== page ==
Philippine President Rodrigo Duterte has banned the Philippine Navy from participating in joint maritime drills in the South China Sea, Department of National Defense Secretary Delfin Lorenzana said on Monday. The order has sent a clear message to Washington that Manila doesn’t want to be dragged into a war with China by a crazy US.
Singapore is also worried about current China-US relations. Singapore Prime Minister Lee Hsien Loong said, in an Atlantic Council Front Page online event on July 28, that the most important objective for whoever wins the US presidency in November is to “stabilize your relations with China because for the rest of Asia we depend on stable US-China relations in order for us to have a secure, predictable environment in which we can make a living and live our lives.”
As a matter of fact, with the Trump administration lifting the curtain of a new cold war with China, many small and medium-sized countries are concerned about where the international situation will head and also about their own destiny. Southeast Asia is one of the regions that is the most vulnerable to intense China-US competition, so countries in the region are particularly upset.
Southeast Asian countries over the past three decades have been dealing with China and the US based on the principle of flexibility and pragmatism. Many scholars use the term “hedging” to summarize Southeast Asian countries’ China policies. On one hand, these countries hope to keep engagement with China economically and diplomatically so that they can benefit from China’s economic development and integrate China into the existing regional order in which ASEAN has a dominant position. On the other hand, out of misgivings toward China caused by the unsolved territorial and maritime rights disputes and China’s rapid rise, albeit peaceful, they seek security cooperation with the US as a long-term insurance.
However, what has made Southeast Asian countries more anxious is that it has become increasingly difficult for them to sustain the “hedging” strategy that has lasted for years. The core of the “hedging” strategy is to maintain the countries’ vague strategic position. The ambiguity allows these countries to hedge between big powers in order to gain benefits from both sides. However, the aggressive Trump administration is urging “democracies” to establish an anti-China alliance. It wants to build a new Berlin wall dividing the world. For Southeast Asian countries, this means the room for their foreign policy will be gradually compressed.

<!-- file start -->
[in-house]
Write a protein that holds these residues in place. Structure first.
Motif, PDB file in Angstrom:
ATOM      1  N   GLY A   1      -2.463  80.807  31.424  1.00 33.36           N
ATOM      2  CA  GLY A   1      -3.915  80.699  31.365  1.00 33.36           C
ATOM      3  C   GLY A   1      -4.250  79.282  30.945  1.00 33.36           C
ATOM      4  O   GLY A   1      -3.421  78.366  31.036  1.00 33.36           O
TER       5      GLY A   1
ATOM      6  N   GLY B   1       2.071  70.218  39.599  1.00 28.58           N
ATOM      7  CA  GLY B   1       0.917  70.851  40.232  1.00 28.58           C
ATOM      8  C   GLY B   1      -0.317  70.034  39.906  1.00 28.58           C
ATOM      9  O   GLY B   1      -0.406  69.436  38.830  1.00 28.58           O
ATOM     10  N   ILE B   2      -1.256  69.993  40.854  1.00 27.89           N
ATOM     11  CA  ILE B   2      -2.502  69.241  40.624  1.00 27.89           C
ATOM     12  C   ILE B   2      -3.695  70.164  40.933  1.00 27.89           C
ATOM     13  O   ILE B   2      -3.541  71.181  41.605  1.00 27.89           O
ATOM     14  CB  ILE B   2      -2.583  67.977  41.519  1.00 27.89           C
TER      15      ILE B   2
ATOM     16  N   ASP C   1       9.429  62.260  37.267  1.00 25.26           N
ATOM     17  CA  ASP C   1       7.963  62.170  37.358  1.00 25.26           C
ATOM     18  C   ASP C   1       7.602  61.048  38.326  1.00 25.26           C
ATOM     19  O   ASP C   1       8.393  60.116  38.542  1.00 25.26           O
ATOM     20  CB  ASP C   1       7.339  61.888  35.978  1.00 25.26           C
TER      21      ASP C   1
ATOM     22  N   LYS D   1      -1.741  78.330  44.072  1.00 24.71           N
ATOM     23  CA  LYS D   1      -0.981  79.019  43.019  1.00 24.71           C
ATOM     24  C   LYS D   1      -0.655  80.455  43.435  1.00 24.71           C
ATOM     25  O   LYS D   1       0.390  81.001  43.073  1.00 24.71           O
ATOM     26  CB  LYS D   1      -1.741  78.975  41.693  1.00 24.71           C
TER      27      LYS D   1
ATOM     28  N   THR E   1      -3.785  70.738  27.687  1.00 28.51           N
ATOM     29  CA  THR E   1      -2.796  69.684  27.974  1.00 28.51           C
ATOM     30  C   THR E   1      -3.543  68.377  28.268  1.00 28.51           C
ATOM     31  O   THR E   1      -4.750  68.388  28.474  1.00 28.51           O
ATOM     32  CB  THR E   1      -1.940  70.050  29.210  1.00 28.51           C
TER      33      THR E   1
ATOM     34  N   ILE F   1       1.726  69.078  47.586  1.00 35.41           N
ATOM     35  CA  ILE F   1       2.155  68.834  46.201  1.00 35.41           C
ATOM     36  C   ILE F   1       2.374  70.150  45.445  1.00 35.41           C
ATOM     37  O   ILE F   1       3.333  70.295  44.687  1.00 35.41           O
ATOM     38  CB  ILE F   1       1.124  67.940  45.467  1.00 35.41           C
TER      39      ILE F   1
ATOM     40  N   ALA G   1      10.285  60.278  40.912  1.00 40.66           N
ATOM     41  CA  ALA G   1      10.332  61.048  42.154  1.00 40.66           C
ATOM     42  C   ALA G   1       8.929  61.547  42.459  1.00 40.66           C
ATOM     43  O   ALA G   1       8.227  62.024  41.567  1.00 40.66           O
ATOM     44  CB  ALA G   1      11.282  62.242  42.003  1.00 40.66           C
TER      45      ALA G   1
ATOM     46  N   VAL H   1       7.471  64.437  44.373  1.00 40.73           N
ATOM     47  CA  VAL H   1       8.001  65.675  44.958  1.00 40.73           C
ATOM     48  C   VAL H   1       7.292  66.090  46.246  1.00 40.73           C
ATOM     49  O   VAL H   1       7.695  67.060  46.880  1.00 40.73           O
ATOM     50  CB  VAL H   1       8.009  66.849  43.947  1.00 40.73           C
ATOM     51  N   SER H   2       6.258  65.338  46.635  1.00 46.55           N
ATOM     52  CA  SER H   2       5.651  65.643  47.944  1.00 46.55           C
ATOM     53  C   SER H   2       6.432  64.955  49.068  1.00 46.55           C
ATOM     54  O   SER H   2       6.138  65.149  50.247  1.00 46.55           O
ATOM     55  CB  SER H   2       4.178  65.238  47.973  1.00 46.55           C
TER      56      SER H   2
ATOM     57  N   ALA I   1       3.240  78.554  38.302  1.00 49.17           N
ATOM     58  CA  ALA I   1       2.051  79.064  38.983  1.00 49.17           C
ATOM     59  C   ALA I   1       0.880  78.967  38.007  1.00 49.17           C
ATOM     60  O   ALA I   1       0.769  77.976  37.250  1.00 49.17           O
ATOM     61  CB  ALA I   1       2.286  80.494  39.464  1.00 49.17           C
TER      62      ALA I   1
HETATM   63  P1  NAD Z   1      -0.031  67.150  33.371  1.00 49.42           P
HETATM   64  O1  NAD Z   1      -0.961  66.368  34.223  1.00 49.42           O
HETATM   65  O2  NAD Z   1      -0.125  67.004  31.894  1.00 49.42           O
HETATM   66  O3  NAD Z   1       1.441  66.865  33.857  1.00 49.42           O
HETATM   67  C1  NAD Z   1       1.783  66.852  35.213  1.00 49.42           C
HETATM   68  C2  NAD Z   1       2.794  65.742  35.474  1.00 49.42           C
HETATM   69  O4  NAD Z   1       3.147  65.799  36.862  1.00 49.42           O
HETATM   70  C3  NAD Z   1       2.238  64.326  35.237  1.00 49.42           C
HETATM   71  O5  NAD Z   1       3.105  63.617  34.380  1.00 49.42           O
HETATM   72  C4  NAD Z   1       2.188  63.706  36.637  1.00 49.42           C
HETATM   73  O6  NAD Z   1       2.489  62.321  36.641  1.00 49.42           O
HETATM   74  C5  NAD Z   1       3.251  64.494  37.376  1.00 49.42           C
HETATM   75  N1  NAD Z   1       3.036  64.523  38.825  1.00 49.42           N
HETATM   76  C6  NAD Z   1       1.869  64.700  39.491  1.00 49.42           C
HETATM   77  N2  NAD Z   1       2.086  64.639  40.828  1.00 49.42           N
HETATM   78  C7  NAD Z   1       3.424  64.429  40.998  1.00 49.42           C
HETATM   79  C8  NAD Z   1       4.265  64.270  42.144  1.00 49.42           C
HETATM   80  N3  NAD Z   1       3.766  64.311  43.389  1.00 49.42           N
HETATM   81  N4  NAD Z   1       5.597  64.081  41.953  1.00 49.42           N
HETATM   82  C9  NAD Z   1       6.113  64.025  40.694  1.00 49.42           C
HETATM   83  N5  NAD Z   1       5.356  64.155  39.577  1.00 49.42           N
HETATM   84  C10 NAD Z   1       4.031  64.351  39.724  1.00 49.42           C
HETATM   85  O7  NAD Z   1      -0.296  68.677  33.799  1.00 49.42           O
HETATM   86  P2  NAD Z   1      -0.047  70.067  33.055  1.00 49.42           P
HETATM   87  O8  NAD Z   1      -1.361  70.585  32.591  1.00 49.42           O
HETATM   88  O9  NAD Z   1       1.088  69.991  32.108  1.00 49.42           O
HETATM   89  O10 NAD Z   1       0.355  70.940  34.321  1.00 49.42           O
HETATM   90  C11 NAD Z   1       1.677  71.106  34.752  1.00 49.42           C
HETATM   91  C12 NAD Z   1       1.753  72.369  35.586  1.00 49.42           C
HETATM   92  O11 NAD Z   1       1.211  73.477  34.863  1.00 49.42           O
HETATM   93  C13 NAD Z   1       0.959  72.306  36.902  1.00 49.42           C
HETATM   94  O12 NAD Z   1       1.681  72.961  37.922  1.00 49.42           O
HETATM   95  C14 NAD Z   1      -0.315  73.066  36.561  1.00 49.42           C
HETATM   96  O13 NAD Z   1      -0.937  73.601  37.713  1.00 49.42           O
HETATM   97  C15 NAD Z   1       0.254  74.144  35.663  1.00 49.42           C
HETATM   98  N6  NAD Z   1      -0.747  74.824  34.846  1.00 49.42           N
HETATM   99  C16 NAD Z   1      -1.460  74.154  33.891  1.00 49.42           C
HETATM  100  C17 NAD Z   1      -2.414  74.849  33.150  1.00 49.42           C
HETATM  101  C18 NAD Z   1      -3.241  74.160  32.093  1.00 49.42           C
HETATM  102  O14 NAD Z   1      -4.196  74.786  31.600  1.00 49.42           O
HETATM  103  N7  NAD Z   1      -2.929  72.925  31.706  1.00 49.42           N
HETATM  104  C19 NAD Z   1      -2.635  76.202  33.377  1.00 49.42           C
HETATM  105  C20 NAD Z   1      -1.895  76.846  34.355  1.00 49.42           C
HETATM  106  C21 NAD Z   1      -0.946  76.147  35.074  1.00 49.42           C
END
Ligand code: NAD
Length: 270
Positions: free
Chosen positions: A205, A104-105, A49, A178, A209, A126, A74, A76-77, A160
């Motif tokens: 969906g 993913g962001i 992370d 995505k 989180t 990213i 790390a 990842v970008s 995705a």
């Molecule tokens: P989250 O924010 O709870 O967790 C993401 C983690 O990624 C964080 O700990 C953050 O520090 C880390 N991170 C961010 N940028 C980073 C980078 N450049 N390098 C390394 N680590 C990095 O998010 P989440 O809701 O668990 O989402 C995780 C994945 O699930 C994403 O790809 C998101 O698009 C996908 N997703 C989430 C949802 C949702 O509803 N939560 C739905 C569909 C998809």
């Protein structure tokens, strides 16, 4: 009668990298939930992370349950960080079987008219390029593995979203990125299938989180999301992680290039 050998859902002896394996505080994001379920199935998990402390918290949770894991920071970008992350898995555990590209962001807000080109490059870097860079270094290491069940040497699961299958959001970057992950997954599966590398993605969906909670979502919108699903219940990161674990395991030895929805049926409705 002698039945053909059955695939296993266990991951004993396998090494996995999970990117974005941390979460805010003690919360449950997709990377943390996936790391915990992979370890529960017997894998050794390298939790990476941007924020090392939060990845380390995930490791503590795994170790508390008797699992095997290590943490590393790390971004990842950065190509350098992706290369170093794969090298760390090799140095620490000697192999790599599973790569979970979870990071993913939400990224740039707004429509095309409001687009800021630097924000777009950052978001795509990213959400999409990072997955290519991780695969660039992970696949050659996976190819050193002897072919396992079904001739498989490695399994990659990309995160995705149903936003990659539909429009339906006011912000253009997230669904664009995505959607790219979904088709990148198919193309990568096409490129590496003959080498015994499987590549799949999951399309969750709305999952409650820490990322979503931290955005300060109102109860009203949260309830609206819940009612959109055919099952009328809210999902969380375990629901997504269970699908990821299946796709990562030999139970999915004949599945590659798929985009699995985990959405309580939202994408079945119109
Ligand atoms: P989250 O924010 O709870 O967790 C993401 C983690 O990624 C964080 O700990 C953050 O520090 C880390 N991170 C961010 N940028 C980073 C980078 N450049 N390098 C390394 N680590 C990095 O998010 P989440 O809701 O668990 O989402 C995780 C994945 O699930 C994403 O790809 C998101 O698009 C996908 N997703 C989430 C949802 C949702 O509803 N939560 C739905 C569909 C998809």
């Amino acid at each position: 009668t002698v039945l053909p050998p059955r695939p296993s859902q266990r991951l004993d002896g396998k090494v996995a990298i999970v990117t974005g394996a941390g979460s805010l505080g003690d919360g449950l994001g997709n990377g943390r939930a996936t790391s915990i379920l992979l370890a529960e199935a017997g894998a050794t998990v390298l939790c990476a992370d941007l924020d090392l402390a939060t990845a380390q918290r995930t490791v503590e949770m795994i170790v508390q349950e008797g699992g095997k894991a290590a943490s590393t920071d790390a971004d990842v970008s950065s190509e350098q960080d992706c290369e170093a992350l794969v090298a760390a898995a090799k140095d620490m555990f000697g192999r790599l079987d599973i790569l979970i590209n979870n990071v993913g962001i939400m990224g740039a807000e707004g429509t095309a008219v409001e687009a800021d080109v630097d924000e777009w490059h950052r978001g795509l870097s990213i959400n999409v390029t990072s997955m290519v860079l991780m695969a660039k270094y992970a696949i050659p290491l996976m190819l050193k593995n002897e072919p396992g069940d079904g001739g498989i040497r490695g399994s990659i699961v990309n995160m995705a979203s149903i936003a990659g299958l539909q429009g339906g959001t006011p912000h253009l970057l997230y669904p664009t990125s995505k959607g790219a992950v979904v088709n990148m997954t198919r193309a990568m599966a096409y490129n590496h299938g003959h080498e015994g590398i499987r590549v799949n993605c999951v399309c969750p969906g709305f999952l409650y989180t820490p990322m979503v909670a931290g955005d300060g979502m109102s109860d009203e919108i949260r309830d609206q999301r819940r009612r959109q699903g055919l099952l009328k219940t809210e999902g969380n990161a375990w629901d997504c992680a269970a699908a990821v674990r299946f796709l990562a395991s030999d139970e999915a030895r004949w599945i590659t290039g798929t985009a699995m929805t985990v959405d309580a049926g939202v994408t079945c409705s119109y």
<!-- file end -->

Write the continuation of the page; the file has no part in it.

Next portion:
In fact, as the international environment has changed, the “hedging” strategy has become increasingly outdated. Uncertainties brought by the end of the Cold War drove ASEAN members to adopt this course of action. These countries were worried that the end of the Cold War might lead the US to lose interest in the Southeast Asia. They hoped to ensure the US can stay and continue to provide a certain degree of protection to countries in the region through enhancing security cooperation with the US. Besides, in the eyes of the ASEAN members, China’s rise is full of uncertainties. They have questions over whether China’s economic growth is sustainable and whether China will rise in a peaceful way.
But now, the uncertainties that gave rise to the “hedging” strategy have vanished. Washington will not easily leave Southeast Asia. What Southeast Asian countries need to worry more about is whether or not Washington will be more likely to take military means to intervene in regional affairs.
At the same time, China’s rise has become an indisputable fact and inevitable trend. As each other’s largest trading partner, ASEAN and China have formed deep economic interdependence. China and ASEAN members have made progress in the South China Sea Code of Conduct negotiations. This indicates that China has both the will and the ability to resolve territorial disputes with relevant countries through peaceful means.
All these changes show that Southeast Asian countries need to reexamine their ambiguous diplomatic strategies. Politicians and scholars represented by Lee Hsien Loong have said countries in the region don’t want to take sides. Such statements are not enough in front of the Trump administration’s aggressiveness to launch a new cold war. Southeast Asian countries should do more to clearly and openly oppose the US’ new cold war offensive toward China. This not only is critical to their own interests, but also matters to regional peace and development.